Swiftly moving panoramic shots of mountains and fields dissolve to a circle of smiling, gun-wielding soldiers enjoying camaraderie. A young man speaking perfect English beckons his brothers to join him in battle. Underneath the images, a track of soulful music enhances his emotional plea.
But this video isn't from Hollywood. It's from ISIS.
The Islamic State's online recruitment is so powerful that the U.S. government is having a difficult time counteracting it, according to experts who study efforts by both sides.
"I have a lot of friends in the State Department and I respect their efforts, and their intentions are good, but seriously -- 'think again, turn away?'" said Nadia Oweidat, noting that it's a hard name to remember and also that those who are sympathetic to ISIS won't take directives from the U.S. government.
Oweidat, a senior fellow in the international security program at New America, a nonpartisan think tank in Washington, has some advice for the State Department: Reconsider the whole effort, because it's just not working well.
"It's ineffectual. It's simply ineffectual," she said.
"It's not reaching the right population. It's not reaching the potential jihadists," added Daniel Cohen, coordinator of the military and strategic affairs program and the cyberwarfare program at the Institute for National Security Studies in Tel Aviv.
Abu Hurriya agrees. And he should know.
He was recently released from a U.S. prison for propagandizing on behalf of a terrorist organization.
The same reasons a kid joins a gang
Abu Hurriya -- not his real name -- said he was once the chief propagandist for al Qaeda in the United States, helping recruit hundreds of Americans into the fold.
He was once a lost, angry young man -- a "seeker" who went through the radicalization process, just as young people are going through it today.
"I can put myself in their shoes because I was once in them," said Abu Hurriya, 37, who was born and raised in New York. "I don't justify it because I don't think you can justify it, but at the end of the day I understand how they can get to that point. They're young and vulnerable. It's the same way that a kid in the ghetto joins a gang."
He said the ISIS recruitment video with the panoramic views and warm camaraderie hits the sweet spot for angry young men and women who are searching for a purpose in life and a community of like-minded souls.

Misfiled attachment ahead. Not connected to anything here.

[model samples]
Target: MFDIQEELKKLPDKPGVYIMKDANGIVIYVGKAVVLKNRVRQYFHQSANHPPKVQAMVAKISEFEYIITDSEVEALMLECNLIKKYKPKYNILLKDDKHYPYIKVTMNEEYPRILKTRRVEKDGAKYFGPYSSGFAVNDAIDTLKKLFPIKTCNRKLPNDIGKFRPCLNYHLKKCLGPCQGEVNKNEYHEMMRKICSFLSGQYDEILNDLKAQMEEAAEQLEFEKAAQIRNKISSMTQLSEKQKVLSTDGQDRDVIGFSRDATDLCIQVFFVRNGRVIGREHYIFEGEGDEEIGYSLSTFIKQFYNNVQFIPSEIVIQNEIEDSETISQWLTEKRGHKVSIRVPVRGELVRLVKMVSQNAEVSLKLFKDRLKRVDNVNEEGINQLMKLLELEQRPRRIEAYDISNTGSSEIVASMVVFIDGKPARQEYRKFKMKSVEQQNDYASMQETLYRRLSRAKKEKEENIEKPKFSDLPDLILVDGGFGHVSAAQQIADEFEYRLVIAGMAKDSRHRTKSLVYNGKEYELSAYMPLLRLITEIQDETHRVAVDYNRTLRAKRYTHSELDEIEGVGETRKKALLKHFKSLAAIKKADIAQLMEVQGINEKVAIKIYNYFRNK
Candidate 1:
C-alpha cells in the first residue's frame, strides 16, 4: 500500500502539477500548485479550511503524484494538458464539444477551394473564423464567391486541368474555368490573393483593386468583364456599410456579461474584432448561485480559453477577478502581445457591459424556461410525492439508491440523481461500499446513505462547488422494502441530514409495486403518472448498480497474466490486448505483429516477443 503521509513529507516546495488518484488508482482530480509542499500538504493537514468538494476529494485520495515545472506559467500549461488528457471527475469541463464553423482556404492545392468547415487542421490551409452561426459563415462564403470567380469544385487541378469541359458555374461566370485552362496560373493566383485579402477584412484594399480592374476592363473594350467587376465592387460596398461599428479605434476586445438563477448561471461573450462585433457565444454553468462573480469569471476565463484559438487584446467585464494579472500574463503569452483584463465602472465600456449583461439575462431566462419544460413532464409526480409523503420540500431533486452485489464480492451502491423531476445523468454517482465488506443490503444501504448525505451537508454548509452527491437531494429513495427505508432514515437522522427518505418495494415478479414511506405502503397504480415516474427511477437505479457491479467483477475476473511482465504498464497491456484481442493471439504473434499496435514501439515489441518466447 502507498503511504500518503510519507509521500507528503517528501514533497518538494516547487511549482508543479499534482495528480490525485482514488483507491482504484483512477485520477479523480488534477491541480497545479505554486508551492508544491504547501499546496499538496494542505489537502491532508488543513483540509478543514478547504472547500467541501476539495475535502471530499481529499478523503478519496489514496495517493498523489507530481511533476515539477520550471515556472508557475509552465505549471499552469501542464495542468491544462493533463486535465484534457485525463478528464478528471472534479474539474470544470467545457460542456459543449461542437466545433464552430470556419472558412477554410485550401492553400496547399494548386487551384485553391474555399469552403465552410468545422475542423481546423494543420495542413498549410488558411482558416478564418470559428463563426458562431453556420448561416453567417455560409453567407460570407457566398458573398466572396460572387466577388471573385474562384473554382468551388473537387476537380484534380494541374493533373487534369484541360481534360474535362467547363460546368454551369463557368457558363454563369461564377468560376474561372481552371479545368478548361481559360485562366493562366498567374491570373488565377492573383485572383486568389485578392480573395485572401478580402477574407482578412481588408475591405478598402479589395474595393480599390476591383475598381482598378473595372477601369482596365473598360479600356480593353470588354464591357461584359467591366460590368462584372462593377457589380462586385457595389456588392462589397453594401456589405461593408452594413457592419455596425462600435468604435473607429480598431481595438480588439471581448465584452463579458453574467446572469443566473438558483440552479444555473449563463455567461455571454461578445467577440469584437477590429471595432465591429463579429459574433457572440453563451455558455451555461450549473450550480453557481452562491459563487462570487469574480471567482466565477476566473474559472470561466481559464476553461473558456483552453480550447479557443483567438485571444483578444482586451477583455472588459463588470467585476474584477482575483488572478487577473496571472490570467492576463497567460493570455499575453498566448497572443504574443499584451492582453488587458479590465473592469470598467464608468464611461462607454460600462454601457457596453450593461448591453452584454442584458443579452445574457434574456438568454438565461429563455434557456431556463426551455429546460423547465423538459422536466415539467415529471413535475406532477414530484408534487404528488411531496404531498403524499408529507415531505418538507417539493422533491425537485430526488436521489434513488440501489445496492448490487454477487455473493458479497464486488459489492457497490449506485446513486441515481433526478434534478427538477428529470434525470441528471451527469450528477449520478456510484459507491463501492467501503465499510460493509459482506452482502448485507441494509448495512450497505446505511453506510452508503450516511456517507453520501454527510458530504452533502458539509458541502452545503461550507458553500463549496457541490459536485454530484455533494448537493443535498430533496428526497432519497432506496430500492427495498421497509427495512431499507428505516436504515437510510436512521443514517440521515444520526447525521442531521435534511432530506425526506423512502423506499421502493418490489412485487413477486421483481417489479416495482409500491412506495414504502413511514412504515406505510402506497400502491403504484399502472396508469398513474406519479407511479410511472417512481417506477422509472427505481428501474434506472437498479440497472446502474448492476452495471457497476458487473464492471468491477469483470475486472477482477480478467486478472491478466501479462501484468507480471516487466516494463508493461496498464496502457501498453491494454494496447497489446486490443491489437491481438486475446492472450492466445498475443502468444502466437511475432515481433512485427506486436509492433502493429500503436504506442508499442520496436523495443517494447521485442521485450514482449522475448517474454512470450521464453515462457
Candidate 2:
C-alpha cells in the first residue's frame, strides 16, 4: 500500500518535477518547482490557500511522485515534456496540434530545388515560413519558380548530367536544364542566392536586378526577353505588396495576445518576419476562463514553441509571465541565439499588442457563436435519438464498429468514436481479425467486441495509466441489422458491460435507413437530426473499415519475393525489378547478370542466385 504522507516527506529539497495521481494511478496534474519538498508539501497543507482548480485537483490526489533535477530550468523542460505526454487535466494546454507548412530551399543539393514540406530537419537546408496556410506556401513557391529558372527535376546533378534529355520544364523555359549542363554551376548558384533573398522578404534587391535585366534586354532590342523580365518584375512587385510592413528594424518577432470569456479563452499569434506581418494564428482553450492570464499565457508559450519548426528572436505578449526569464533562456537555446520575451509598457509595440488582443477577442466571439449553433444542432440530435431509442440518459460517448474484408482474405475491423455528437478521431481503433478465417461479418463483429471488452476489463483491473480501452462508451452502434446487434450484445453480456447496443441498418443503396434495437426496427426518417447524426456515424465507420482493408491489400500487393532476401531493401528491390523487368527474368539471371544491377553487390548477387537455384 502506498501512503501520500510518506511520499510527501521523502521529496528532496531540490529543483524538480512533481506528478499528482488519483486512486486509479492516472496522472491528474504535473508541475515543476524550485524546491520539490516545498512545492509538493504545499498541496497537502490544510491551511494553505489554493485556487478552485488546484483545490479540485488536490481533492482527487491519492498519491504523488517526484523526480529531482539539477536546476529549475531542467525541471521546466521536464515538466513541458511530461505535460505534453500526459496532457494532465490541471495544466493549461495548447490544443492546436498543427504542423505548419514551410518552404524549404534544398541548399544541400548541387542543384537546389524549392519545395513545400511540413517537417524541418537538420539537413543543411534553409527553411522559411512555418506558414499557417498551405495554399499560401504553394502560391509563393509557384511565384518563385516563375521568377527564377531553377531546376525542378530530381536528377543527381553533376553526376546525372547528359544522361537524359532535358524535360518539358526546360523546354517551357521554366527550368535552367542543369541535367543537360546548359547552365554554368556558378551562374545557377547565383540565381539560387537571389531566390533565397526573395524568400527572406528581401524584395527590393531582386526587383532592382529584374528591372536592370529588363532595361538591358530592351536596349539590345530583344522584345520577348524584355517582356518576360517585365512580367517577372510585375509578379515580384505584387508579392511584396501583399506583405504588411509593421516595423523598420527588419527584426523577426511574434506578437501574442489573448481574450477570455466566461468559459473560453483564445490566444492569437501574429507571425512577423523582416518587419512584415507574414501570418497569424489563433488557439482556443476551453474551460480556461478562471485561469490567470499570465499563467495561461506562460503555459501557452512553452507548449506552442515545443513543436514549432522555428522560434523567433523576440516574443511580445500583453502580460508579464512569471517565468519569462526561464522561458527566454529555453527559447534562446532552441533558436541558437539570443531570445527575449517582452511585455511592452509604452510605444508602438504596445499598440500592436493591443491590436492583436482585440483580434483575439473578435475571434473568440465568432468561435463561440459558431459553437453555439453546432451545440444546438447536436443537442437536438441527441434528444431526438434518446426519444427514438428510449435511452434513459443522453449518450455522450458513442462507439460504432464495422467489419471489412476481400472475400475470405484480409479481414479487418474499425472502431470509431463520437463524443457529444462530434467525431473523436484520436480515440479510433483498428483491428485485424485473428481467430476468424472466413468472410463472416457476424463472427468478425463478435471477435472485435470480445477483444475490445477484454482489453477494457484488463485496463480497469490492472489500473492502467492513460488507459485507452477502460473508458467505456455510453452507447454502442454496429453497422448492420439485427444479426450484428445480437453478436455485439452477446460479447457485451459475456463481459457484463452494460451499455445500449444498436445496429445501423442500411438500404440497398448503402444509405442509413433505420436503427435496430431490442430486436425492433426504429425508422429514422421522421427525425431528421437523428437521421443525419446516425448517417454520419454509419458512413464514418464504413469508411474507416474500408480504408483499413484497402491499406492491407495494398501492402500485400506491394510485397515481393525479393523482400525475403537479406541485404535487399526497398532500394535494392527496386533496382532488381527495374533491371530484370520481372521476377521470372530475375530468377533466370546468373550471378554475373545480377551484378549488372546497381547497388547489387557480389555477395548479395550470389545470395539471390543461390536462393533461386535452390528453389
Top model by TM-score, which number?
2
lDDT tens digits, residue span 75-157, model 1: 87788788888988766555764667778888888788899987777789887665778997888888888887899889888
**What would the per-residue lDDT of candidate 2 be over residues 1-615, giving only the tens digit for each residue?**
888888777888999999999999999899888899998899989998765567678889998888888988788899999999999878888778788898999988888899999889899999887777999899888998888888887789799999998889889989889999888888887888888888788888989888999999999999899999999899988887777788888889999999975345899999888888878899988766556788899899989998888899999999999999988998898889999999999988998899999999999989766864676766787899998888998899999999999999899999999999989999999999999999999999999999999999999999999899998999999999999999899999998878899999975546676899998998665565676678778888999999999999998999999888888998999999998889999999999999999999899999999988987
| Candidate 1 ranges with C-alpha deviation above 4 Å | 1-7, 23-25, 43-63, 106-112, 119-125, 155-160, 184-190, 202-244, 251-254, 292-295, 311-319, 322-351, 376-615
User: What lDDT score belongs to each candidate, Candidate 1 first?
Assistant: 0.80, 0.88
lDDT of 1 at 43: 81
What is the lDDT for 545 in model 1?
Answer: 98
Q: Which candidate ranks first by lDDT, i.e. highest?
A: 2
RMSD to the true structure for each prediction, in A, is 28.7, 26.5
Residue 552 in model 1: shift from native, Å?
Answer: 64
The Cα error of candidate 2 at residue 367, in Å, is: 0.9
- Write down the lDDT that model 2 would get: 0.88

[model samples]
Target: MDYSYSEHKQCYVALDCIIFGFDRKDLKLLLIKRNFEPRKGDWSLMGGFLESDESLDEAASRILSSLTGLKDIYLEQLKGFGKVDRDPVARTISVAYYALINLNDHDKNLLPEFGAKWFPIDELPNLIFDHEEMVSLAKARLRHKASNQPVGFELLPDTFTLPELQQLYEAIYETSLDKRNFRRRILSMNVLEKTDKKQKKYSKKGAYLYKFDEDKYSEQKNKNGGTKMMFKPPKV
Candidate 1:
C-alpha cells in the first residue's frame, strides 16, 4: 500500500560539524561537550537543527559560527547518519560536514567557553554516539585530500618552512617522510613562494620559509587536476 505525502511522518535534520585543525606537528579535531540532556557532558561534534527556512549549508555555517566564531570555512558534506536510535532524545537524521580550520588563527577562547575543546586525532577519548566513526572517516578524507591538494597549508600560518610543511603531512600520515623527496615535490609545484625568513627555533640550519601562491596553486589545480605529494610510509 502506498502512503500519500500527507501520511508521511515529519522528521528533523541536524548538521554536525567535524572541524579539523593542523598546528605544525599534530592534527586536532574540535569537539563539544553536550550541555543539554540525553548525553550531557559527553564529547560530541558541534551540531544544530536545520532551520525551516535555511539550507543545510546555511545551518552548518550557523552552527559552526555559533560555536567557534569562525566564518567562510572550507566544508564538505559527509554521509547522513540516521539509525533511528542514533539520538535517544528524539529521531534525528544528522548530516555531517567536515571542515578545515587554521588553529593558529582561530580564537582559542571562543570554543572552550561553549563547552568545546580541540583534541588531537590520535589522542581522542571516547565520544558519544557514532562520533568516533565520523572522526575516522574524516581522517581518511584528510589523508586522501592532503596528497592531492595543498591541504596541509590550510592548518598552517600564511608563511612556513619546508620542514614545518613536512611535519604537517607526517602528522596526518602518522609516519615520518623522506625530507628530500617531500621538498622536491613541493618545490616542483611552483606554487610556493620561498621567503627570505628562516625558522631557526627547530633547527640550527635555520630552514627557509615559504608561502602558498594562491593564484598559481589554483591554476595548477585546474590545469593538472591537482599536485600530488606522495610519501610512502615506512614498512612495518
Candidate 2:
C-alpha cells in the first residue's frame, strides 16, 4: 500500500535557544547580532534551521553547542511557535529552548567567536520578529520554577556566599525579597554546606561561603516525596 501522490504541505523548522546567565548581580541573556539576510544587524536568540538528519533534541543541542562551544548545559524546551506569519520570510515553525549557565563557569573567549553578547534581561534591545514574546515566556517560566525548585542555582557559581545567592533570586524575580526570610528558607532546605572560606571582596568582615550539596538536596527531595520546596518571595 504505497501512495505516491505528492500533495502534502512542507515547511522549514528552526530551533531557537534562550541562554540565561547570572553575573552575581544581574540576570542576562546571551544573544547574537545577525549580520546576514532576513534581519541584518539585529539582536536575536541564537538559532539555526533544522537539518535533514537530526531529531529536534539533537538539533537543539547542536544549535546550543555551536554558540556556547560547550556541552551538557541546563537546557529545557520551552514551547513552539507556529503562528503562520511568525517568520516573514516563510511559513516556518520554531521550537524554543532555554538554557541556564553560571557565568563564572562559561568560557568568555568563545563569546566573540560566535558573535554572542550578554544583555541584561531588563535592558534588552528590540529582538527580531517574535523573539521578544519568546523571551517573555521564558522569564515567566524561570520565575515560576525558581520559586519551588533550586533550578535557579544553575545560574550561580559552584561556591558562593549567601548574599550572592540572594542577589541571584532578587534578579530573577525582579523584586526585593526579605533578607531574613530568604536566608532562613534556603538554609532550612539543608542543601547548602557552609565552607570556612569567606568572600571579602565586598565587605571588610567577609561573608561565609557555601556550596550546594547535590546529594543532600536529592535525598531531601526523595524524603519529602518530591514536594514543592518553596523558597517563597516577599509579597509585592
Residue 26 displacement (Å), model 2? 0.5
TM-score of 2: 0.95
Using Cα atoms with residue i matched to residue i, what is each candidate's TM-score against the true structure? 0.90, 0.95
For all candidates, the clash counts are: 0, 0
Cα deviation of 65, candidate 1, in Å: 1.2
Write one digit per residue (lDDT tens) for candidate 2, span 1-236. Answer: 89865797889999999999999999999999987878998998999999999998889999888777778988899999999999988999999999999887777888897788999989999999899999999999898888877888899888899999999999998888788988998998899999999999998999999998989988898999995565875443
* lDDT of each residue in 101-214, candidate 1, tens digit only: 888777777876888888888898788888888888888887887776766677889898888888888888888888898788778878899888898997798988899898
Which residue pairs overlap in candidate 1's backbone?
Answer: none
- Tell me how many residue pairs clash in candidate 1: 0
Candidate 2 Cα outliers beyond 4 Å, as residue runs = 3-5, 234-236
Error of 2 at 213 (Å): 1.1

John Horgan, a psychologist at Georgia State University, agreed.
"Part of being young is about finding your place in the world," Horgan said. "It's empowering when someone comes along and convinces you you're destined for greater things."
Abu Hurriya pointed to a video that uses a different and equally as effective tactic: professional-quality, fast-paced computer-generated graphics and symbols designed to resonate with members of the gamer generation.
Compare that video to a video from the State Department, which is made up entirely of static photos and text.
"This looks like it was done on Windows Movie Maker," Abu Hurriya said, noting its less-polished style.
Without better counterterrorism messaging, the United States could continue to see homegrown attacks by ISIS admirers, such as the Boston Marathon bombers and the San Bernardino shooters, Abu Hurriya, Cohen and Oweidat said.
The U.S. government seems to agree that it needs to step up their game.
"We need to do more to counter their messaging online," White House spokesman Josh Earnest said earlier this week.
"We have to figure out what it is, that 21st century means of communication for government. It's not propaganda and it's not press releases. It's something in between," Richard Stengel, the State Department's under secretary for public diplomacy and public affairs, said at a talk at New America earlier this week.
"It's a big challenge for government because government doesn't always move rapidly and nimbly."
Earlier this year, President Barack Obama said, "Our campaign to prevent people around the world from being radicalized to violence is ultimately a battle for hearts and minds."
Abu Hurriya, Cohen, Oweidat and other experts said it's a battle the United States can win if it does it right. Here's their advice.